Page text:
An Area Of Necrosis Due To Lack Of Blood Flow Dog Bloat – Gastric Dilatation-Volvulus (GDV) In Dogs

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Dog Bloat – Gastric Dilatation-Volvulus (GDV) In Dogs

Gastric dilatation-volvulus (GDV) or canine bloat or gastric torsion is a serious, life-threatening disease in dogs. Gastric dilatation-volvulus is a condition in which the stomach twists on itself, causing the esophagus to twist where it enters the stomach and the pylorus where the stomach normally empties into the intestines, reducing the ability for things to enter or exit the stomach. Once twisted, the stomach begins to expand with gas that turns into a large balloon inside the abdomen, which leads to disruption of blood flow in the body and death of the stomach wall due to overstretching. If left untreated, almost all dogs with GDV will die.

Canine bloat mainly affects large breed dogs with deep chests. Common breeds are Great Dane, Doberman Pinscher, Weimaraner, St. Bernard, German Shepherd and Irish Setter. It is not known why dogs get bloated. There are some predisposing factors that have been identified such as exercise after a large meal, increased feeding, fearful temperament and a parent or close relative who has had GDV.

Classic signs of bloating include nonproductive vomiting, hypersalivation, restlessness, and progressive abdominal distension and tension. The diagnosis of GDV is made by radiography. Radiographs taken with the dog lying on its right side show the classic “inverted C” or “double bubble” sign, which is a malpositioned pyloric region of the stomach overlying the fundal region of the stomach.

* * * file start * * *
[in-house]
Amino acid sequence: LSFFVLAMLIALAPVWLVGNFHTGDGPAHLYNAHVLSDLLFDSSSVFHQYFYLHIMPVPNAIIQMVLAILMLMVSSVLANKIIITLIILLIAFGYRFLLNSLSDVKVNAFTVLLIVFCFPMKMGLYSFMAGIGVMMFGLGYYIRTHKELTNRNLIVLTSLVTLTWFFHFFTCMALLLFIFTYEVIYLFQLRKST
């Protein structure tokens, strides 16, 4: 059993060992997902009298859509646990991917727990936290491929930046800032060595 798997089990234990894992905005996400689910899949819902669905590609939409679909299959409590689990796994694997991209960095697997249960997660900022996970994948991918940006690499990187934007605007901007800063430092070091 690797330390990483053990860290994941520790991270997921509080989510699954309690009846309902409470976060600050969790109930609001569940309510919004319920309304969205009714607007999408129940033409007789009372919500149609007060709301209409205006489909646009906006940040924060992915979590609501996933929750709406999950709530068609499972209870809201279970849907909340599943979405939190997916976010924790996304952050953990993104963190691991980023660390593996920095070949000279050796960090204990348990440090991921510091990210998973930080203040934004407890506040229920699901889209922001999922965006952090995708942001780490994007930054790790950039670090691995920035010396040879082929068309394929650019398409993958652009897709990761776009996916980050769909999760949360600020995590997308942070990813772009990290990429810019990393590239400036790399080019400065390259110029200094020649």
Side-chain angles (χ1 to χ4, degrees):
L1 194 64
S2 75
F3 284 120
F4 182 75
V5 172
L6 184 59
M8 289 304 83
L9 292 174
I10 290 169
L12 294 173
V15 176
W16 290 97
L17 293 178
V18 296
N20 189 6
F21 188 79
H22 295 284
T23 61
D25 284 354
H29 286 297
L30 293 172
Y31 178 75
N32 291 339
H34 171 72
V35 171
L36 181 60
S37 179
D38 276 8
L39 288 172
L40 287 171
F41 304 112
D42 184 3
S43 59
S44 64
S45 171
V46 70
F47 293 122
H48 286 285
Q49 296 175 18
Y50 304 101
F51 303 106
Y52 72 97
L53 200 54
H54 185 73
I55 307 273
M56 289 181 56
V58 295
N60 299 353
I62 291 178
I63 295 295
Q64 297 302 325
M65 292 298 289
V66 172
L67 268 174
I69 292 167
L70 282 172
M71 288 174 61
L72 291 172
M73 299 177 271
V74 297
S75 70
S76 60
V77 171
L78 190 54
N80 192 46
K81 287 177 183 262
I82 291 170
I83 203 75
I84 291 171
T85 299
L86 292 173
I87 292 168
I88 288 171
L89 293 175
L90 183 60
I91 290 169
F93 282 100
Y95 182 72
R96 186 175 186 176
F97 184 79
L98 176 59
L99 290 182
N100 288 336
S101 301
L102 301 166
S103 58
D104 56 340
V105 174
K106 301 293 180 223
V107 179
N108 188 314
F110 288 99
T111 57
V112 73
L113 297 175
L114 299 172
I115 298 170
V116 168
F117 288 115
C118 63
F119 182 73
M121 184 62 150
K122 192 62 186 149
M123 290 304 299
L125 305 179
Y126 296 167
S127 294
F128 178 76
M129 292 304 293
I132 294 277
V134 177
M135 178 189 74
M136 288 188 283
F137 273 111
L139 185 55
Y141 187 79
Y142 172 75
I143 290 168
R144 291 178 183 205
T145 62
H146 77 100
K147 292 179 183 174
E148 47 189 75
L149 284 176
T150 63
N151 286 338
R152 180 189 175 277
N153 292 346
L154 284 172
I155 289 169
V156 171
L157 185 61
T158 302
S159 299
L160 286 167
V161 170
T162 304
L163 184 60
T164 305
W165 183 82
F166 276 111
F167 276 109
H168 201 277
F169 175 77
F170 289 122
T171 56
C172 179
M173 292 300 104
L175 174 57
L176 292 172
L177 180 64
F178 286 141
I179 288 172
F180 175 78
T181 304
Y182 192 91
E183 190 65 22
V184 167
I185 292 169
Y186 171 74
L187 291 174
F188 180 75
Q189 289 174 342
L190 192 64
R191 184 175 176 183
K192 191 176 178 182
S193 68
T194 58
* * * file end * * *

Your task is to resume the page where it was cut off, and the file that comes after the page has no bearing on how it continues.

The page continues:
Initial treatment of dogs with GDV includes fluid resuscitation to improve blood flow to the heart and some form of gastric decompression, either by orogastric tube or gastric trocharization. An orogastric tube passes through a tube from the mouth to the stomach. This can be difficult in an awake dog with a very distended stomach. Trocharization involves passing a large sterile needle or catheter through the abdominal wall into the stomach to release gas in the stomach. Both are temporary ways to relieve pressure build-up in the stomach to make the dog more stable.

Surgery is always recommended for dogs with gastric torsion. Surgery is necessary to reposition the stomach and pex or permanently attach the stomach to the abdominal wall so that it cannot twist again. If pexy is not done, the probability that the dog will re-inflate is as high as 80%. After pexing the stomach against the abdominal wall, the chances of re-bloating are less than 10%.

In some cases, the stomach wall shows areas of necrosis or death. If areas of the stomach wall are not viable, those parts should be removed. When gastric resection is required, the mortality rate associated with the operation increases to about 60%.

Postoperative dogs should be closely monitored for arrhythmias that may occur within the first 24 hours after surgery. In addition to gastric resection, other conditions such as disseminated intravascular coagulation (DIC) are common and potentially life-threatening. Most dogs recover without problems and can go home once they start eating, usually within 48 hours of surgery. Owners are advised to give smaller, multiple meals instead of one large meal. Exercise is restricted for two weeks until the abdominal incision heals, and then the dog can return to normal activities.

Prophylactic gastropexies are usually recommended for high-risk breeds. These are sometimes performed during spaying or neutering as puppies, and can be done using a laparoscope to aid in the procedure so that abdominal incisions are kept to a minimum. Or if abdominal surgery is needed for another reason, such as removing a foreign body from the bowel, prophylactic gastropexy can be performed during the same surgery.

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